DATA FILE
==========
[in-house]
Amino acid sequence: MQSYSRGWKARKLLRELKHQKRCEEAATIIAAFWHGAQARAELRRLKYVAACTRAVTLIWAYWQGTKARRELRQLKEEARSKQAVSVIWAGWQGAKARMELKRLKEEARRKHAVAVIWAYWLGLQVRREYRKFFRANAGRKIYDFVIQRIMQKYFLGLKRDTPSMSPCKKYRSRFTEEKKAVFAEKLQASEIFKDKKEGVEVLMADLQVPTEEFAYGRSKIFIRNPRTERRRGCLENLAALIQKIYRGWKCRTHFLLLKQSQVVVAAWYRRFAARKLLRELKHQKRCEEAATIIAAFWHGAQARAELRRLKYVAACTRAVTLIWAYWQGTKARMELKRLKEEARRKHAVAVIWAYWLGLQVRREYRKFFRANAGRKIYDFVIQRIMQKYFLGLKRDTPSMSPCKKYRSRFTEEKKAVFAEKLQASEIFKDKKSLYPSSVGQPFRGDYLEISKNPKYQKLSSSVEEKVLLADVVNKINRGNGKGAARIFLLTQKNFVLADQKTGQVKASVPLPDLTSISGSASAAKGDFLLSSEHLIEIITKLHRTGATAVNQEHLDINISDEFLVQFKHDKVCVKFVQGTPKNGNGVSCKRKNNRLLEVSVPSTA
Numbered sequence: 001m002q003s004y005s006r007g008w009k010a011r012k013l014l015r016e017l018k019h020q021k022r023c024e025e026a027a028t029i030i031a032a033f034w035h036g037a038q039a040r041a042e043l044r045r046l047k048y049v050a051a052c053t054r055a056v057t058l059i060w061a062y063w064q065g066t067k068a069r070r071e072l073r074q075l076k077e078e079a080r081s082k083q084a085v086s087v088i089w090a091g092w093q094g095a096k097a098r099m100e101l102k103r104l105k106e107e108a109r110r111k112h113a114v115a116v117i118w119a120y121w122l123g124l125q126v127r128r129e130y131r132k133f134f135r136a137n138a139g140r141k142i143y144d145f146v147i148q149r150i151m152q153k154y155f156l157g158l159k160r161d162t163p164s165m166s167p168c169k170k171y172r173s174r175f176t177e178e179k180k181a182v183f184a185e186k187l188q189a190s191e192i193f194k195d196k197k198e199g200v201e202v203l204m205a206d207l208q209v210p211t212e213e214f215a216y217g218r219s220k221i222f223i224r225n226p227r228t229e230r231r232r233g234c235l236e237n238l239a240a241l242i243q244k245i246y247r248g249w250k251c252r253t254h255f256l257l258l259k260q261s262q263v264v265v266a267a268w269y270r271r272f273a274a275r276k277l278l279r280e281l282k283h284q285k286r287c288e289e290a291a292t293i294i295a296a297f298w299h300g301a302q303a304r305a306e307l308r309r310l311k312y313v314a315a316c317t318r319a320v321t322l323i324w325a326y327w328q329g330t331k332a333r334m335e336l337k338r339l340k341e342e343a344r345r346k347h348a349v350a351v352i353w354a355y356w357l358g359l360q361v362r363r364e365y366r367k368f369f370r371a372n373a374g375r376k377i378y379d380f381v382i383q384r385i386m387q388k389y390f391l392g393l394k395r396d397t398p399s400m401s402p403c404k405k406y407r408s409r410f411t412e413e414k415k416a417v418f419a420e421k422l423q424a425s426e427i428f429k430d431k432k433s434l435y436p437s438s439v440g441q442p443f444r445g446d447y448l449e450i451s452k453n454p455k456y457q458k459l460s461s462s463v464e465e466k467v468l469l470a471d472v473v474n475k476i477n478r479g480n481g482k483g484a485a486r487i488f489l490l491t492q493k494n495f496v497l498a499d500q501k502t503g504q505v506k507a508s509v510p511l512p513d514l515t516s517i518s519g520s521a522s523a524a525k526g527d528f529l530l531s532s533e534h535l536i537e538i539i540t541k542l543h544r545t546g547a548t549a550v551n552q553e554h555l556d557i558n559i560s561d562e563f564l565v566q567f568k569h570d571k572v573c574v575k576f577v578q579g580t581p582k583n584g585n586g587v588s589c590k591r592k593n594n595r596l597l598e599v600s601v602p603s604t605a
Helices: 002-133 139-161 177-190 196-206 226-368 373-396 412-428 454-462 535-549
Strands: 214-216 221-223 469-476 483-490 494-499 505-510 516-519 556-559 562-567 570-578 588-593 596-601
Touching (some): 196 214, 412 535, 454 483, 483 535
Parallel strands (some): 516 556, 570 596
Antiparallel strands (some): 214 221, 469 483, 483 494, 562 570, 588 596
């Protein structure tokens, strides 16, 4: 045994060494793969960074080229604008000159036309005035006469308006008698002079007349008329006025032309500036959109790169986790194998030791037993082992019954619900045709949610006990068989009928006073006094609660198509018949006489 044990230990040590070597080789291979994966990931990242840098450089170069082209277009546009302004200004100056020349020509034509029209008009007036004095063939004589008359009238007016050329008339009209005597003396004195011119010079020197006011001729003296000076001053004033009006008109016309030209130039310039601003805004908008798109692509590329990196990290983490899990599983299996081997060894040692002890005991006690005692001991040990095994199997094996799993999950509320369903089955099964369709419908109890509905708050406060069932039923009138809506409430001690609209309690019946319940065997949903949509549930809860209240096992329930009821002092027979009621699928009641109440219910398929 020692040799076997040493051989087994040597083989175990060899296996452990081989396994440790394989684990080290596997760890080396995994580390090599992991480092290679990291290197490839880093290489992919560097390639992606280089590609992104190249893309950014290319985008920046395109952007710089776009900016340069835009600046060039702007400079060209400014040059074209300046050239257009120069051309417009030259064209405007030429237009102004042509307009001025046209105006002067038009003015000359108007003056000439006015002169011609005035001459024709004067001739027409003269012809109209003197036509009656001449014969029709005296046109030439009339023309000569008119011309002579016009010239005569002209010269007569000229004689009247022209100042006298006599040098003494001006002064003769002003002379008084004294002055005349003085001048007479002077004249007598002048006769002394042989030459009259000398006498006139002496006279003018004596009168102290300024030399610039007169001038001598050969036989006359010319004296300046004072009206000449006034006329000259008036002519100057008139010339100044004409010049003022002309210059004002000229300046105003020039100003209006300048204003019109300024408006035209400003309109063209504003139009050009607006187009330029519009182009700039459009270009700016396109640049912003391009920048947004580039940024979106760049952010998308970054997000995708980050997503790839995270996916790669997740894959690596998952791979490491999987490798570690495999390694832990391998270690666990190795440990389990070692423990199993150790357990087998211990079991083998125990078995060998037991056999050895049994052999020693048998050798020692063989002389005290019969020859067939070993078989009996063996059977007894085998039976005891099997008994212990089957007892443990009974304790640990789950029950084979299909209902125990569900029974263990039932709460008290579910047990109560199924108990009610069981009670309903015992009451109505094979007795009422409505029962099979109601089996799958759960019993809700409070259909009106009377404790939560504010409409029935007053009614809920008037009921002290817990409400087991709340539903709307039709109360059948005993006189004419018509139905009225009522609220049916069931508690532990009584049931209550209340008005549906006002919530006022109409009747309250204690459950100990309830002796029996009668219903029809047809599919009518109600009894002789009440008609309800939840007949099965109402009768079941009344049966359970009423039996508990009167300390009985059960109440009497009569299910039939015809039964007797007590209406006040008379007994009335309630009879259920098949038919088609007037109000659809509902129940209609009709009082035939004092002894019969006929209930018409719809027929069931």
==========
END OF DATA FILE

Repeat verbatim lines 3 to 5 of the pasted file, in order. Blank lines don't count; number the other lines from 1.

Numbered sequence: 001m002q003s004y005s006r007g008w009k010a011r012k013l014l015r016e017l018k019h020q021k022r023c024e025e026a027a028t029i030i031a032a033f034w035h036g037a038q039a040r041a042e043l044r045r046l047k048y049v050a051a052c053t054r055a056v057t058l059i060w061a062y063w064q065g066t067k068a069r070r071e072l073r074q075l076k077e078e079a080r081s082k083q084a085v086s087v088i089w090a091g092w093q094g095a096k097a098r099m100e101l102k103r104l105k106e107e108a109r110r111k112h113a114v115a116v117i118w119a120y121w122l123g124l125q126v127r128r129e130y131r132k133f134f135r136a137n138a139g140r141k142i143y144d145f146v147i148q149r150i151m152q153k154y155f156l157g158l159k160r161d162t163p164s165m166s167p168c169k170k171y172r173s174r175f176t177e178e179k180k181a182v183f184a185e186k187l188q189a190s191e192i193f194k195d196k197k198e199g200v201e202v203l204m205a206d207l208q209v210p211t212e213e214f215a216y217g218r219s220k221i222f223i224r225n226p227r228t229e230r231r232r233g234c235l236e237n238l239a240a241l242i243q244k245i246y247r248g249w250k251c252r253t254h255f256l257l258l259k260q261s262q263v264v265v266a267a268w269y270r271r272f273a274a275r276k277l278l279r280e281l282k283h284q285k286r287c288e289e290a291a292t293i294i295a296a297f298w299h300g301a302q303a304r305a306e307l308r309r310l311k312y313v314a315a316c317t318r319a320v321t322l323i324w325a326y327w328q329g330t331k332a333r334m335e336l337k338r339l340k341e342e343a344r345r346k347h348a349v350a351v352i353w354a355y356w357l358g359l360q361v362r363r364e365y366r367k368f369f370r371a372n373a374g375r376k377i378y379d380f381v382i383q384r385i386m387q388k389y390f391l392g393l394k395r396d397t398p399s400m401s402p403c404k405k406y407r408s409r410f411t412e413e414k415k416a417v418f419a420e421k422l423q424a425s426e427i428f429k430d431k432k433s434l435y436p437s438s439v440g441q442p443f444r445g446d447y448l449e450i451s452k453n454p455k456y457q458k459l460s461s462s463v464e465e466k467v468l469l470a471d472v473v474n475k476i477n478r479g480n481g482k483g484a485a486r487i488f489l490l491t492q493k494n495f496v497l498a499d500q501k502t503g504q505v506k507a508s509v510p511l512p513d514l515t516s517i518s519g520s521a522s523a524a525k526g527d528f529l530l531s532s533e534h535l536i537e538i539i540t541k542l543h544r545t546g547a548t549a550v551n552q553e554h555l556d557i558n559i560s561d562e563f564l565v566q567f568k569h570d571k572v573c574v575k576f577v578q579g580t581p582k583n584g585n586g587v588s589c590k591r592k593n594n595r596l597l598e599v600s601v602p603s604t605a
Helices: 002-133 139-161 177-190 196-206 226-368 373-396 412-428 454-462 535-549
Strands: 214-216 221-223 469-476 483-490 494-499 505-510 516-519 556-559 562-567 570-578 588-593 596-601